Hannibal’s Newsletter May 2022


We are slam bang in the midst of our busy festival season – and we’re loving it!

Fresh back from Badminton Horse Trials (the first event for them and us) for three years, we are delighted to report that the public proved to be a thirsty bunch after such a long wait.  Attracting visitors from all over the world, the thirst was finally quenchd by this great outdoor event.  Indeed we were blessed with perfect sunshine to boot.

Next stop:  the International Hay Book Festival.  Situated in rolling hills on the Welsh border, Hay on Wye is a stunning little village at the foot of the Black Mountains.  Twinned with Timbuktu (yup, you read that right), it is the centre of world book culture and a delight to visit.  Like Badminton, this is their first festival since 2019 and we urge you to give it a whirl.  Do join us if you can – we’ll have plenty of wines to taste.


 Last week, we presented an array of South African wines to a very welcoming wine society situated down in the heart of the Hampshire countryside.  Of course, all talks always need fine-tuning and I found myself with my head in the books, genning up on the latest news from the Cape.  What caught my eye was the latest in farming technology and I thought I’d share it with you – something called :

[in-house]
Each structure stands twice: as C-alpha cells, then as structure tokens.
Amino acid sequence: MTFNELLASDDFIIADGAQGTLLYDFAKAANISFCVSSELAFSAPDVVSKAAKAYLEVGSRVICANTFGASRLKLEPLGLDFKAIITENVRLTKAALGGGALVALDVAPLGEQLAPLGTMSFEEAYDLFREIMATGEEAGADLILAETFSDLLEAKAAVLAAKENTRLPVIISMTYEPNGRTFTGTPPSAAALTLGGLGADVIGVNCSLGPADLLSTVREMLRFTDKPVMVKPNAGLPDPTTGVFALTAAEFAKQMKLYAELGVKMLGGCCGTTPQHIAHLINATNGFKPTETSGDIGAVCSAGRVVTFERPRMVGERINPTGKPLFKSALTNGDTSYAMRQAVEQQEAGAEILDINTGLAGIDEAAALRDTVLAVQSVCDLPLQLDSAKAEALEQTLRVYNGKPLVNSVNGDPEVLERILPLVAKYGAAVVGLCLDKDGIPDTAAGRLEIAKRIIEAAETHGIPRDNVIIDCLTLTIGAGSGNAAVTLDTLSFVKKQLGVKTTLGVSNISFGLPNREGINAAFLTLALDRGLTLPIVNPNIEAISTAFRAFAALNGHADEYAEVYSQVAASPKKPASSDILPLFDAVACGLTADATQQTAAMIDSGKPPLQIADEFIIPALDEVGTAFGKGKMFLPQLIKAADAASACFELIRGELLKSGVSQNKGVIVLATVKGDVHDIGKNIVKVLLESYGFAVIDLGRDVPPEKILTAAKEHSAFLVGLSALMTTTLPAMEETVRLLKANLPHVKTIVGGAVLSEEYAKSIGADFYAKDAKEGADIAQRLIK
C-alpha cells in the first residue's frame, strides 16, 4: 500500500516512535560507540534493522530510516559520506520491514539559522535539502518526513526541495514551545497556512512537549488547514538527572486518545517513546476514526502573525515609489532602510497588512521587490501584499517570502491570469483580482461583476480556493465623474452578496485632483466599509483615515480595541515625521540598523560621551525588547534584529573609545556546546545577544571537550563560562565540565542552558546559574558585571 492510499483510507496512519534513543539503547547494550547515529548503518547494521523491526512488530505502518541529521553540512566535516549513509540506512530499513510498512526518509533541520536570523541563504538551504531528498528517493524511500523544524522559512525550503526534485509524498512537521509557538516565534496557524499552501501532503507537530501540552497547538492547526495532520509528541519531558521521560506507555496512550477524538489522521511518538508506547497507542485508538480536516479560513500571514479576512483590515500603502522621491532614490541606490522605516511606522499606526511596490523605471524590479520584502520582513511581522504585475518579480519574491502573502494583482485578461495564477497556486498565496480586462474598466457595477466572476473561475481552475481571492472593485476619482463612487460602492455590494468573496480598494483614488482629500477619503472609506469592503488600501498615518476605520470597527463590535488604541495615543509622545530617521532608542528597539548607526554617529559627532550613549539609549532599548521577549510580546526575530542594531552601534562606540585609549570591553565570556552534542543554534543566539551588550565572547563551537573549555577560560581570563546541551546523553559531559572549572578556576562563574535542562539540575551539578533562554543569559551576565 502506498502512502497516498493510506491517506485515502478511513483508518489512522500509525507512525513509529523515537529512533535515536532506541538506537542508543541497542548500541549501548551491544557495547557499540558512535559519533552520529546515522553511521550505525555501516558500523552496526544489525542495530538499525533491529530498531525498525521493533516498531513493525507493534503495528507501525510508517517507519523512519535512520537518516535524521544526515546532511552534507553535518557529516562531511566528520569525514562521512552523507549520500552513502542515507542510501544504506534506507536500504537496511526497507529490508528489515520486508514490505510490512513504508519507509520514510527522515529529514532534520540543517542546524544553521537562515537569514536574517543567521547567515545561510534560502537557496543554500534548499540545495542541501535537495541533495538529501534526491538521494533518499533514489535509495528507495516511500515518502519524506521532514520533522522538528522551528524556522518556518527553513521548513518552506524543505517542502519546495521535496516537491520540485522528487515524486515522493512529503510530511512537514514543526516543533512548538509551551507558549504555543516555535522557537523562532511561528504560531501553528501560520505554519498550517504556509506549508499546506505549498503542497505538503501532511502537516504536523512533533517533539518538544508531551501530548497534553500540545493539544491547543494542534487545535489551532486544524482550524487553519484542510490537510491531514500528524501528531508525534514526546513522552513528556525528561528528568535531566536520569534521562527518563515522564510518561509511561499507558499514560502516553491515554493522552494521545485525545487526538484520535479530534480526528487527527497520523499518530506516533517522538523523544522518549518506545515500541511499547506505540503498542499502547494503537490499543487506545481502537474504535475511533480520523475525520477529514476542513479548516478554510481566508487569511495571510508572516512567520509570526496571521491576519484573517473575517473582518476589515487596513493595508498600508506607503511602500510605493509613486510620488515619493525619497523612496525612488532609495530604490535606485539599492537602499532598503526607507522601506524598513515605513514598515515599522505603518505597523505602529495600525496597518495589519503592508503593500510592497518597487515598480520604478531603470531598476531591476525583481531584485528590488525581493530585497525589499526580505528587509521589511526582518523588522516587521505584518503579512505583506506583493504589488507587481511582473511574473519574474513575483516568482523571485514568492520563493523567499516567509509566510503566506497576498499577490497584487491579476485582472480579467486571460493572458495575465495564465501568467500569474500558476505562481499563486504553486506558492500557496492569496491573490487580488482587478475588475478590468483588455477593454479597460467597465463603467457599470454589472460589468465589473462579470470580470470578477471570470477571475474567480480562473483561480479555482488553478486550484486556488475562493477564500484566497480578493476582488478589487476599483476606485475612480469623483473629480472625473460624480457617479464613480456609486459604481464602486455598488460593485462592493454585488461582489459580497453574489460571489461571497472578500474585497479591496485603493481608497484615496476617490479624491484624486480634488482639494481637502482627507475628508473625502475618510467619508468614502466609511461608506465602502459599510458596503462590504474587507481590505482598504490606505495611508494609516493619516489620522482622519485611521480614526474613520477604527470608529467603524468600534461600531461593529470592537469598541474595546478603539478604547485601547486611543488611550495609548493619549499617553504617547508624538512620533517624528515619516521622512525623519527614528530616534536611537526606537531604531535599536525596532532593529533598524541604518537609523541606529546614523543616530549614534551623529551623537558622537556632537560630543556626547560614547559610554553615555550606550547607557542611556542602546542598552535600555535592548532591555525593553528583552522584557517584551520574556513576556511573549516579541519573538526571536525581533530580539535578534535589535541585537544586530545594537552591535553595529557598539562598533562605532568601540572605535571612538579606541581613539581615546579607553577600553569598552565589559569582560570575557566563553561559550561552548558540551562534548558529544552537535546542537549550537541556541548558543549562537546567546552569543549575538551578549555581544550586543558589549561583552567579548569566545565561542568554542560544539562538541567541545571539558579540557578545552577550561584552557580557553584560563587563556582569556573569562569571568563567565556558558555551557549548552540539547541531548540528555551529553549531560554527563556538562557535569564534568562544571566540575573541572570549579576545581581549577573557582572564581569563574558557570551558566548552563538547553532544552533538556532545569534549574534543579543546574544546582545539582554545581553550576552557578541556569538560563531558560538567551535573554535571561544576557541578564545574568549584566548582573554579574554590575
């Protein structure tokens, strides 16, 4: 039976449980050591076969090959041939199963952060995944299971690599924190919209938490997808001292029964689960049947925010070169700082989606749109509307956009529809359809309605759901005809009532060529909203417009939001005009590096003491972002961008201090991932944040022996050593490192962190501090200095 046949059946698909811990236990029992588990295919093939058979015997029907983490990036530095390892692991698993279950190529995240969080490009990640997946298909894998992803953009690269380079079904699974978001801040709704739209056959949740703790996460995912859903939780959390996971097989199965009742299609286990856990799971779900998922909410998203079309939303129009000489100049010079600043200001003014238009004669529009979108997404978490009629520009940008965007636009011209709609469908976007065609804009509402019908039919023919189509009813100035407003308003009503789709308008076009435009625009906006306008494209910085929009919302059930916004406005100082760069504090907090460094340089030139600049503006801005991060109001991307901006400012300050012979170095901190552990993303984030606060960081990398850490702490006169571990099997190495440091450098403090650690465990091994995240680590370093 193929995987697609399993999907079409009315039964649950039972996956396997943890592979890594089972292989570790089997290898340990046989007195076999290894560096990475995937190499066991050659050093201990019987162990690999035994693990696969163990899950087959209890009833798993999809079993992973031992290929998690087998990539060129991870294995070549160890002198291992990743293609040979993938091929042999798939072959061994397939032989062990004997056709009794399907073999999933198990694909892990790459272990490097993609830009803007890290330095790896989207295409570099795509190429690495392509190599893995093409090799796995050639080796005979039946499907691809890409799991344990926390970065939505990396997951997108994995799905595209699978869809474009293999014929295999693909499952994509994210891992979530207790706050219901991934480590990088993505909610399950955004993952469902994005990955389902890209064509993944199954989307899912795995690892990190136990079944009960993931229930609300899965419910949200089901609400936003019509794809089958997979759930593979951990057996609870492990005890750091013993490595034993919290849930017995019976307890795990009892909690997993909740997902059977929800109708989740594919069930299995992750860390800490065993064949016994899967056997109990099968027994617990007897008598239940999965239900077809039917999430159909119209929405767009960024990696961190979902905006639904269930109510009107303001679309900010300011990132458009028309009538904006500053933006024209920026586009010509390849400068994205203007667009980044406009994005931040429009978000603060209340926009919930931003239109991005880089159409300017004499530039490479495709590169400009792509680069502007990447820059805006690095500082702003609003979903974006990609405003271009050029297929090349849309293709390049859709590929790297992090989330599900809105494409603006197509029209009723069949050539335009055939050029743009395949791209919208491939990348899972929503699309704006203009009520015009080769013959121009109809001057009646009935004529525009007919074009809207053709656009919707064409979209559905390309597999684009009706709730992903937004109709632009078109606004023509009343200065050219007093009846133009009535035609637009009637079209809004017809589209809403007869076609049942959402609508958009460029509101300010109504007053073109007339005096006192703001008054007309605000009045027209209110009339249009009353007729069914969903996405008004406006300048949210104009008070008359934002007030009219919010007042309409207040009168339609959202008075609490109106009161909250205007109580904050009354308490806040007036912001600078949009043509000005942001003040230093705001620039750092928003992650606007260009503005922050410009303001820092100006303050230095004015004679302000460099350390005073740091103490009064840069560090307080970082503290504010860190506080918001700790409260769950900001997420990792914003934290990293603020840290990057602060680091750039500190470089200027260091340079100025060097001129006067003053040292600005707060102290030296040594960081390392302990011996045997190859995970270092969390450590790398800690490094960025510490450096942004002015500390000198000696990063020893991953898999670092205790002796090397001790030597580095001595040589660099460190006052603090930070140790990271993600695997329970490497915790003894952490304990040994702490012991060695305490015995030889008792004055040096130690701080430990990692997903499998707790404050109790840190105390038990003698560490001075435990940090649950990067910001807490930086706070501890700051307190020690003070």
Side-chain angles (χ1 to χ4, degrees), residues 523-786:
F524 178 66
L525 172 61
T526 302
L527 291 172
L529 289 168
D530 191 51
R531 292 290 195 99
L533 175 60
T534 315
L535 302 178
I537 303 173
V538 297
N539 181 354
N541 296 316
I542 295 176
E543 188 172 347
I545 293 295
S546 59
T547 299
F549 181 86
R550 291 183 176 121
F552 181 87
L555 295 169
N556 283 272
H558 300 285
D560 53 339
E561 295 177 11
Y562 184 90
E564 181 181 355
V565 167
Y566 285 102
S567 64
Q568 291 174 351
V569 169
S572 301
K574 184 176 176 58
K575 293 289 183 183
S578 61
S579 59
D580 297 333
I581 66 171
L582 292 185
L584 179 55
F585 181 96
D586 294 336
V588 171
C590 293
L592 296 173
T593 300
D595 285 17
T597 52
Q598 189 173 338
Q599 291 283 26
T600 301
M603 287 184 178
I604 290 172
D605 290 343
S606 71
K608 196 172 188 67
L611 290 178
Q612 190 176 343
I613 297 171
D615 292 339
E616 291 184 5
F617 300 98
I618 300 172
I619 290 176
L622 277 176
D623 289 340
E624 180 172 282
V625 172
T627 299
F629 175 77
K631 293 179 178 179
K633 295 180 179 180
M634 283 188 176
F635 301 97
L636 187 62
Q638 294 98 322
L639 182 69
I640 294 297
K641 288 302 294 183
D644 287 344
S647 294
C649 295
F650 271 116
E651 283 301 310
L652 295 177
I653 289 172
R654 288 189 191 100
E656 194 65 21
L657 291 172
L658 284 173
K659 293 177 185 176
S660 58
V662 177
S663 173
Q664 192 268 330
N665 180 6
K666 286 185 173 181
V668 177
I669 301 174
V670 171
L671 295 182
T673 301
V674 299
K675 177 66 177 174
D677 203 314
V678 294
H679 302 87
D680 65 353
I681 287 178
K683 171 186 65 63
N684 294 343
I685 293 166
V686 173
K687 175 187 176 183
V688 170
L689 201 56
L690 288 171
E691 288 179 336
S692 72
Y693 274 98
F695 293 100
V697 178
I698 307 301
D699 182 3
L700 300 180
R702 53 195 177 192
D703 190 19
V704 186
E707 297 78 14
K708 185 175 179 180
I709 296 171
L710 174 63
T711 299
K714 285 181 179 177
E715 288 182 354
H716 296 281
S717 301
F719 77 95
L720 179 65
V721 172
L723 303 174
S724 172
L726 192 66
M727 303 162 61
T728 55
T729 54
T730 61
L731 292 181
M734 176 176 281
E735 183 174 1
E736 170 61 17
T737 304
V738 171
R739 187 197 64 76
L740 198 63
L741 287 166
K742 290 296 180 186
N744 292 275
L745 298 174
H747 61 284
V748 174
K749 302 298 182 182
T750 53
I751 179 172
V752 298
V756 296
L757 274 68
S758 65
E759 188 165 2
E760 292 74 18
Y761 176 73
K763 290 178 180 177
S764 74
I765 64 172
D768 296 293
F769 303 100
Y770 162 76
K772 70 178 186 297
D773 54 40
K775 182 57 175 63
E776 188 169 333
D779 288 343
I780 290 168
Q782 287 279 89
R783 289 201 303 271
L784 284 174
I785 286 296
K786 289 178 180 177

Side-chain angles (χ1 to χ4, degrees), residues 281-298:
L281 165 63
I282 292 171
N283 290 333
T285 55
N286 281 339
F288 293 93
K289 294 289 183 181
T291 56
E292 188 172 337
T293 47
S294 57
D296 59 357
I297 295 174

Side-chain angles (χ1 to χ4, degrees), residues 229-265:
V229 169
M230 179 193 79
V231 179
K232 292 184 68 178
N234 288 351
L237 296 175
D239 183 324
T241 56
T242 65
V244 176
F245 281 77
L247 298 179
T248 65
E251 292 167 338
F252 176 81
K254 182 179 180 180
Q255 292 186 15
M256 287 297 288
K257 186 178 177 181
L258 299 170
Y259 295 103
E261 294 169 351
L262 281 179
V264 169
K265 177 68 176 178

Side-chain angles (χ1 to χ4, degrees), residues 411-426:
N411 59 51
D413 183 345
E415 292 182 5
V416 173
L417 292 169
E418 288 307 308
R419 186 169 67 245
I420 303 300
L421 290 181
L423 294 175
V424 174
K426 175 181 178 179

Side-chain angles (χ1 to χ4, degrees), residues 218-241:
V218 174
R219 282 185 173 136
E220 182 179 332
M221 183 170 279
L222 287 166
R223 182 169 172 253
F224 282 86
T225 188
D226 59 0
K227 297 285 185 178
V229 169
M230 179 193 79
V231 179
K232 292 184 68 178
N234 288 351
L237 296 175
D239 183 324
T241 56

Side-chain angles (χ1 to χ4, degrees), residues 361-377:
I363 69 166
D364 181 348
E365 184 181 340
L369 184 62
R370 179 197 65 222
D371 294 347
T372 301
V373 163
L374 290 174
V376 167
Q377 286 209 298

Ever heard of this?  Me neither.  But that’s because it’s hot off the press.  In a nutshell, it is the simultaneous use of land for growing crops and generating electricity with solar panels.

Solar panels are mounted high enough for crops to be grown underneath, sheltering them from over-powerful sun rays and allowing rainwater harvesting.  The tilt of the solar panels is adjusted robotically to optimize sun vs rainwater capture, as well as to protect crops from potential frost, wind and other adverse weather.

So far, there have been successful trials in Kenya and it would appear that vineyards are looking to getting involved with further trials.   In France, a trial is being conducted in the Vaucluse and already they are seeing incredible results, not least the reduction of water use by up to 13% (less evaporation).

This kind of technology may be costly.  But if it works, let’s hope the world can find the necessary funding.


The first of two new wines this month – Puglia Bianco – a 50/50 blend of Fiano and Falanghina.  We are describing it as a ‘chameleon’ wine because it has such a diversity of flavour.  Organic and bio-dynamically grown.  Price £11.99.


A 100% Cabernet Franc and known as ‘Sombrero’, this is a really grippy red, almost black in colour.  Definitely a wine to decant – and once you have, the deep fruit sings on the palate and the structured tannins integrate beautifully.  Price £14.50.



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